'Stone stacking' is destroying Britain’s Neolithic monuments, warns Historic England

Camilla Turner
Archaeologists say a new trend of

It is a seemingly harmless endeavour that is growing in popularity among ramblers with a creative touch.  

But now Historic England has said that “stone stacking” is akin to "rubbing out history" as they warn that it is destroying Britain’s Neolithic monuments.

Stone stacking – which is described as a “meditative artistic skill” – is the practise of placing stones on top of one another to produce sculptures.

They are a common sight at the summits of hills, at famous landmarks or other countryside beauty spots. Following a number of complaints about the stone stacking at historic hilltops on Bodmin Moor in Cornwall, Historic England has urged enthusiasts to halt the practise.

Scores of balanced stones have appeared at Stowe's Pound on Bodmin Moor, an early Neolithic site which is about 6,000 years old and is classified as a Scheduled Ancient Monument.

"Stone stacking" at Stowe's Pound on Bodmin Moor, an early Neolithic site Credit: APEX

Visitors have been removing stones from the site and piling them up – apparently unaware the site is protected under the Ancient Monuments and Archaeological Areas Act of 1979, and anyone damaging or removing objects could face criminal prosecution.

Daniel Ratcliffe, inspector of ancient monuments at Historic England South West, said that moving the stones to build the "inevitably temporary" stacks of stones, it is in fact eroding nationally-protected archaeological features.

"Taking away the stones is like rubbing out history," he said, adding that Historic England is prepared to work with the landowner, the Duchy of Cornwall, to come up with a solution.

Stuart Dow and Roy Goutte, from the amateur archaeology group Time Keepers, have called for signs to be erected at the site explaining its significance and warning that those removing the stones could face prosecution.

Taking away the stones is like rubbing out history

Daniel Ratcliffe, inspector of ancient monuments at Historic England South West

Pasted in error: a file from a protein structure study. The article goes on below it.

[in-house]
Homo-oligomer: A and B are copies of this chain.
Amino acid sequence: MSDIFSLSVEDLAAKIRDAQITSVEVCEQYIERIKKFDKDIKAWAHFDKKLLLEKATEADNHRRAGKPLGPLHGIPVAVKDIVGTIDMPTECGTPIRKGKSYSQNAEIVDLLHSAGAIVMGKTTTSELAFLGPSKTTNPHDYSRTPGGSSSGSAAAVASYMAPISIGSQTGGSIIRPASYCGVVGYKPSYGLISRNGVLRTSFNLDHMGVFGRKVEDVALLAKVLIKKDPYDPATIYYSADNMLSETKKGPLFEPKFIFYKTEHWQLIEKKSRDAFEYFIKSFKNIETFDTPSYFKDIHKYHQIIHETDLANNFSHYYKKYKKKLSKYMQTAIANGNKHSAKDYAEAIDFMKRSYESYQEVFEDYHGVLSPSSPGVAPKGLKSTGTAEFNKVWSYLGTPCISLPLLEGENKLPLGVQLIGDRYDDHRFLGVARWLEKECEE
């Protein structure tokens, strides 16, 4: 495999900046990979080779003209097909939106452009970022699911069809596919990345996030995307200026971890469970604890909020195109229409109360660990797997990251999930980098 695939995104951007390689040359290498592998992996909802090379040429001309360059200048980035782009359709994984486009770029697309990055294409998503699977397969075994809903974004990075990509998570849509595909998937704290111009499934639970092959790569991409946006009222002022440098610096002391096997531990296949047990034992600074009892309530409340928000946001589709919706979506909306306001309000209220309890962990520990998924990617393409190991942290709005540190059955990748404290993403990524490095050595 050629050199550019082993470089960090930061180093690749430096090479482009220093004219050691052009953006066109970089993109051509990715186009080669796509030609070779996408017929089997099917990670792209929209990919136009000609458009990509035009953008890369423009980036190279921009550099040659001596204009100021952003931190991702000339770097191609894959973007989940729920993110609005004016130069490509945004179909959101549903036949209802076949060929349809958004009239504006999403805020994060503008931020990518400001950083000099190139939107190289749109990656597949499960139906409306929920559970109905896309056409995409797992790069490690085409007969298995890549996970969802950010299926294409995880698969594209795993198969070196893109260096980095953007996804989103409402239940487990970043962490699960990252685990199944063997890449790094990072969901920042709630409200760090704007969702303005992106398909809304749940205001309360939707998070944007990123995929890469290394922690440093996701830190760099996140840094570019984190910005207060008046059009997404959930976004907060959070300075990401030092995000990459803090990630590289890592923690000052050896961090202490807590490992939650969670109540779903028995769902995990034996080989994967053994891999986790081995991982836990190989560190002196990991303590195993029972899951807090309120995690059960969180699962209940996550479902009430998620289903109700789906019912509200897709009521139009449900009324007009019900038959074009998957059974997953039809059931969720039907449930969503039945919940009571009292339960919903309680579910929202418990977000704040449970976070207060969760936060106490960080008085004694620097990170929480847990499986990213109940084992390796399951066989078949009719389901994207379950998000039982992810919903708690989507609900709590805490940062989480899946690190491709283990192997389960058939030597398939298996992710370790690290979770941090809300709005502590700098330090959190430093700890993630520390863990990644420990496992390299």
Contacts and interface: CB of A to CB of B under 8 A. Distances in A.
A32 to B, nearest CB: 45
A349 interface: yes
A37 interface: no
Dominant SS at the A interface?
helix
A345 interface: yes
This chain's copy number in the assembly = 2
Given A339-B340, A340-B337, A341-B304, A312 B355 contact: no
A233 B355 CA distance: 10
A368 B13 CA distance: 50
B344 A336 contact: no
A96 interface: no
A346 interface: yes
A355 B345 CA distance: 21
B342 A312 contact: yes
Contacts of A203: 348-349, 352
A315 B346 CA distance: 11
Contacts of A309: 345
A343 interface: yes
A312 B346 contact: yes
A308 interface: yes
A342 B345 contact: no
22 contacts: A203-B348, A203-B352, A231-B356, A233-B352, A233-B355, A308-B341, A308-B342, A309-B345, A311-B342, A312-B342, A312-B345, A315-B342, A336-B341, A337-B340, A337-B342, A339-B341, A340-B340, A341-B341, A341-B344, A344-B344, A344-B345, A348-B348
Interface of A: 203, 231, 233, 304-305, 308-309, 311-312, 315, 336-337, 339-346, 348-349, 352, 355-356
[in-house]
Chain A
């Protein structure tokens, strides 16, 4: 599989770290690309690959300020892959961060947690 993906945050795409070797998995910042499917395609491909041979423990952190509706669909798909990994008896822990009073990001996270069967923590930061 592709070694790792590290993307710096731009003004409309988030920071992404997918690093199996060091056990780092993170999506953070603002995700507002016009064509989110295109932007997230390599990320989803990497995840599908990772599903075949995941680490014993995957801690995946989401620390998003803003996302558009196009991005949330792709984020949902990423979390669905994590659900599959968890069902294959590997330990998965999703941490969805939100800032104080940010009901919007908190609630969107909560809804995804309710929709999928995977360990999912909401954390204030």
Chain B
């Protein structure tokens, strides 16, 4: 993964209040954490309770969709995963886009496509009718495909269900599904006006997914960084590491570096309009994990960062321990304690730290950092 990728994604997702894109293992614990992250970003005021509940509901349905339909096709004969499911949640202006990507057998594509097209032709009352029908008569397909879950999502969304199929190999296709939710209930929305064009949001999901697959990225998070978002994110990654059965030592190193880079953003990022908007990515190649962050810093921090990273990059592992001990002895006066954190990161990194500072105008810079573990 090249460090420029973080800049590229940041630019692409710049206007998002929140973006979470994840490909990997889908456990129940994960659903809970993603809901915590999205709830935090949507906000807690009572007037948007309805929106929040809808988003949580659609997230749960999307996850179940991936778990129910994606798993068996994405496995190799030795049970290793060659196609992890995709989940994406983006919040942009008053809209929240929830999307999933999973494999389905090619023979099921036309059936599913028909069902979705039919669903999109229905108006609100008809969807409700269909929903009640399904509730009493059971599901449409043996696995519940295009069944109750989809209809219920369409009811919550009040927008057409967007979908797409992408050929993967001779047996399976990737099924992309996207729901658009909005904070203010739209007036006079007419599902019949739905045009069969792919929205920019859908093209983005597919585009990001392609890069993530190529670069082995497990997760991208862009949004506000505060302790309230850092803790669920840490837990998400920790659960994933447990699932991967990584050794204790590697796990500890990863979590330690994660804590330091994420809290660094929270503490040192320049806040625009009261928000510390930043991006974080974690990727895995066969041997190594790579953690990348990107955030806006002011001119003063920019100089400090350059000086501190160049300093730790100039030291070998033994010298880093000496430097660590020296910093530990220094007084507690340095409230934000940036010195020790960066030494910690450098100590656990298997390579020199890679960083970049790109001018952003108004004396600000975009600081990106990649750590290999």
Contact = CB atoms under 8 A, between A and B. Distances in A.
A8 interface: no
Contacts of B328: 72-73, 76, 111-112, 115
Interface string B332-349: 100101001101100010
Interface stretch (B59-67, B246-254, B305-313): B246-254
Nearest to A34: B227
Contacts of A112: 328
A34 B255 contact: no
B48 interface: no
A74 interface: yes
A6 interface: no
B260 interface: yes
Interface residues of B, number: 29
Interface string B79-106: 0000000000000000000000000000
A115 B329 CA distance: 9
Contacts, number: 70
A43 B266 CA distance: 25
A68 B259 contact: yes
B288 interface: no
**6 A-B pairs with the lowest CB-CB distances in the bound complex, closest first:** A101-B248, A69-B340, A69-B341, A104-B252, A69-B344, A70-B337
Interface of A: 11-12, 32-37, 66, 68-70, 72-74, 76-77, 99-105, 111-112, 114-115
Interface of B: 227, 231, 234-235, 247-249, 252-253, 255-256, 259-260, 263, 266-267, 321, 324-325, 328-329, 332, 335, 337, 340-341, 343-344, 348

"They may think they're being artistic, but they don't realise the damage they're doing," Mr Dow said. "Some of these may be lovely to look at, but knowing what they represent, I believe it's disrespectful to our ancestors."

Time Keepers say simple signage should prevent any more damage and in the meantime, they have offered to remove the stacks are put them back where they should be. "We don't think for a moment this is malicious, nevertheless it's historic vandalism and we have to try to stop it," Mr Goutte said.

Stuart Dow, 67, from Launceston, Cornwall, was among those who reported the stacking at Bodmin Moor to the authorities.

He said: "I wasn't aware it was a crime but I knew it was disrespectful. I like stone standings in the right context, but a Neolithic site is not the right place."

A spokesman for Historic England said that “any action that is potentially damaging to a scheduled monument” will be investigated by the police.

They said: "Monuments scheduled under the Ancient Monuments and Archaeological Areas Act 1979 are of national importance.

"Permission is needed from Historic England if anybody wishes to make any changes to these protected monuments, including the moving of objects that belong to them.”

The spokesman said that Historic England has a “range of interventions” at its disposal to preserve the country’s heritage and “historic environment”.

These include restorative resolution, formal warnings and criminal prosecution, which could lead to imprisonment in some cases.

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